Minnesota Bear Researcher Defends Methods
ST. PAUL (AP) - Minnesota bear researcher Lynn Rogers is defending his methods as he tries to win back his research permit.
Rogers testified Thursday at an administrative hearing. Rogers says while the bears he studies may be habituated to people from feeding, the animals aren't more dangerous.
For years, Rogers has defended his methods, which include hand-feeding black bears.
The Department of Natural Resources has accused Rogers of creating a public safety risk. The agency says bears in Rogers' study area have come to see people as a food source, and that's made them more dangerous.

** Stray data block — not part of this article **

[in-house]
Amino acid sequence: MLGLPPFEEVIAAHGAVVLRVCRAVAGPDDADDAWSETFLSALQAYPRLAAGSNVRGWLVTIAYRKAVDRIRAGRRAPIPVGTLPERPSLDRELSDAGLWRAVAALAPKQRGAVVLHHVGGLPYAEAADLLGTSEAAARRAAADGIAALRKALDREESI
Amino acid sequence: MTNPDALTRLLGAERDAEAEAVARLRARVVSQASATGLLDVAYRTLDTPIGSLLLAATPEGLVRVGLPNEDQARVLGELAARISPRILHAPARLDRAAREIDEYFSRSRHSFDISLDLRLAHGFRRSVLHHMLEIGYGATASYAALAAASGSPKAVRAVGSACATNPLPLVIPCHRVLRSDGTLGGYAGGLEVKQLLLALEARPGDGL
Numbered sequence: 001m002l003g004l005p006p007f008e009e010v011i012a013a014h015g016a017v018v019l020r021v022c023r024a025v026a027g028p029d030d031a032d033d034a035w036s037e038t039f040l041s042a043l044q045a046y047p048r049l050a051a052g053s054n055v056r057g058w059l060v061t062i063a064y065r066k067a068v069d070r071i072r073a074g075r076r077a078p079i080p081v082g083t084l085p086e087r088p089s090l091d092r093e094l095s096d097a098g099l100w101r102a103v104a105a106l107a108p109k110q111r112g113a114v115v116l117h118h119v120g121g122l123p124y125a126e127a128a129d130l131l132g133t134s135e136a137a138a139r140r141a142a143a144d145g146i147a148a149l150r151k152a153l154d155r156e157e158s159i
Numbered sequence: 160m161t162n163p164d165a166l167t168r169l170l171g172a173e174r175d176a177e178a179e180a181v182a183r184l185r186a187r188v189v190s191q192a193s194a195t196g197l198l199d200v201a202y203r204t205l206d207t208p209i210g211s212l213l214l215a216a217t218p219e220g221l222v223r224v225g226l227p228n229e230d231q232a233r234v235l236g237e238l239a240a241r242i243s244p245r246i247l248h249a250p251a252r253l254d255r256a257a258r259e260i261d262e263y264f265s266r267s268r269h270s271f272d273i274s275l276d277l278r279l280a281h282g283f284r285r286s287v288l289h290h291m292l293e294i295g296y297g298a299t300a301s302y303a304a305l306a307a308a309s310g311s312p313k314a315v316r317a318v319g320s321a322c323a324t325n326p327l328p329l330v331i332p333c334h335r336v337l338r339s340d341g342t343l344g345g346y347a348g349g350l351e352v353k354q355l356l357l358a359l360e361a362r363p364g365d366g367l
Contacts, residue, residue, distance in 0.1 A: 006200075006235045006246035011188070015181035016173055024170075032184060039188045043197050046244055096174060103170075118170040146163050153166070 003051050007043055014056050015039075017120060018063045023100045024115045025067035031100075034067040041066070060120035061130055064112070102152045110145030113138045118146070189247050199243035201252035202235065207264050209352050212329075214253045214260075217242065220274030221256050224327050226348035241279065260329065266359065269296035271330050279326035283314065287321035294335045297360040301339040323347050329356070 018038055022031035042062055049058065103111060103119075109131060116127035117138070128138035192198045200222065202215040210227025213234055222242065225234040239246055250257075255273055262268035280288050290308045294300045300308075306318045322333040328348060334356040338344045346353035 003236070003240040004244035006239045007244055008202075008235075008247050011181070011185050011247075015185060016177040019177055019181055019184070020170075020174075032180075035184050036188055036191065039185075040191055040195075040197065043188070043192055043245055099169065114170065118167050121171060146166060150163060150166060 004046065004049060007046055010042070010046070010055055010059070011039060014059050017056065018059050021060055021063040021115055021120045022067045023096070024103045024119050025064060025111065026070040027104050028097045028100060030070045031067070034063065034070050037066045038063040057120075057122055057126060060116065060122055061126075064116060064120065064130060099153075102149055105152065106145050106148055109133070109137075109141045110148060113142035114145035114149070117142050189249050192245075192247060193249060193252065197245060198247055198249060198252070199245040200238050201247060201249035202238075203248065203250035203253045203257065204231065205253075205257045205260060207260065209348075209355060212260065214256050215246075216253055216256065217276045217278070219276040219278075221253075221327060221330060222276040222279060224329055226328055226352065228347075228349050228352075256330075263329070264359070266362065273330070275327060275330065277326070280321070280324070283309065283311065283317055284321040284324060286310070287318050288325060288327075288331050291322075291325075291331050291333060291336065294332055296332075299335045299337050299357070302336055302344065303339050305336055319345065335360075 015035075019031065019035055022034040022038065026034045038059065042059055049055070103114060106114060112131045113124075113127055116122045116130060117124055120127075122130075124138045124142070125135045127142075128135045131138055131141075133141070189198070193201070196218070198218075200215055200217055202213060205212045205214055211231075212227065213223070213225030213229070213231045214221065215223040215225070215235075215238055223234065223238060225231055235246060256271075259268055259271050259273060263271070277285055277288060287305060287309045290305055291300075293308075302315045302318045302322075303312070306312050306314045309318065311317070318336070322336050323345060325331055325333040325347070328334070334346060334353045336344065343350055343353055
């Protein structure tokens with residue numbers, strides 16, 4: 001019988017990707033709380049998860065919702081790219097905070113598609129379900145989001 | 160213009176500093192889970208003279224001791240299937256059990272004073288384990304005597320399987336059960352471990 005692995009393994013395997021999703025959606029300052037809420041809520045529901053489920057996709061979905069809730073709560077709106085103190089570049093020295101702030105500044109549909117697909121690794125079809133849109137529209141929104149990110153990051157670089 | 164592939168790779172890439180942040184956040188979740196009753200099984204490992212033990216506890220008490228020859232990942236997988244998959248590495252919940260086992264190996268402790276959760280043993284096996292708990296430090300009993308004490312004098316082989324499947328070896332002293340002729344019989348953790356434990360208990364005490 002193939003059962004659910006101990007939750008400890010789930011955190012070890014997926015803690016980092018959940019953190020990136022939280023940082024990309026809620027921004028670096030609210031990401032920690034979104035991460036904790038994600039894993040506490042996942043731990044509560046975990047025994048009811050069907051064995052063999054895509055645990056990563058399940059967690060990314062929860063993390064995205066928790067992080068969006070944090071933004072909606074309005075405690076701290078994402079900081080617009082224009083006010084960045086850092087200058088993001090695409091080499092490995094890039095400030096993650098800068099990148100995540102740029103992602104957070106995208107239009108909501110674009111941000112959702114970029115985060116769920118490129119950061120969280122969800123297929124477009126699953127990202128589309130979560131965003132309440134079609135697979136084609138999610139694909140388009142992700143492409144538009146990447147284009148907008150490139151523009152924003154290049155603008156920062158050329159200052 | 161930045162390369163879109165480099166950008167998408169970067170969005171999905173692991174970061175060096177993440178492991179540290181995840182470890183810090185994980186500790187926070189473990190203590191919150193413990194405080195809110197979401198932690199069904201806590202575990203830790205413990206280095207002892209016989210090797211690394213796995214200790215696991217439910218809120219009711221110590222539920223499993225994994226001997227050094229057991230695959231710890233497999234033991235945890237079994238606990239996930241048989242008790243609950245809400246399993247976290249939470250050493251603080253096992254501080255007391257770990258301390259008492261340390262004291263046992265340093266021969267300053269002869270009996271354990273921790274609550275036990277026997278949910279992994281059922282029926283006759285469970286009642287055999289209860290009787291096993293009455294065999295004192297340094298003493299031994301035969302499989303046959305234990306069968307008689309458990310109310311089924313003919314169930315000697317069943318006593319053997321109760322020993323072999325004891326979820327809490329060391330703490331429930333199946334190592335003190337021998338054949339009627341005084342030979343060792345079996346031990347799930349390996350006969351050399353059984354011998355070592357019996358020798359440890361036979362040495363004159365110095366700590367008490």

Last year, the DNR refused to renew Roger's research permit. Rogers challenged that decision, which led to the hearing.
An administrative law judge likely will issue her recommendation by May.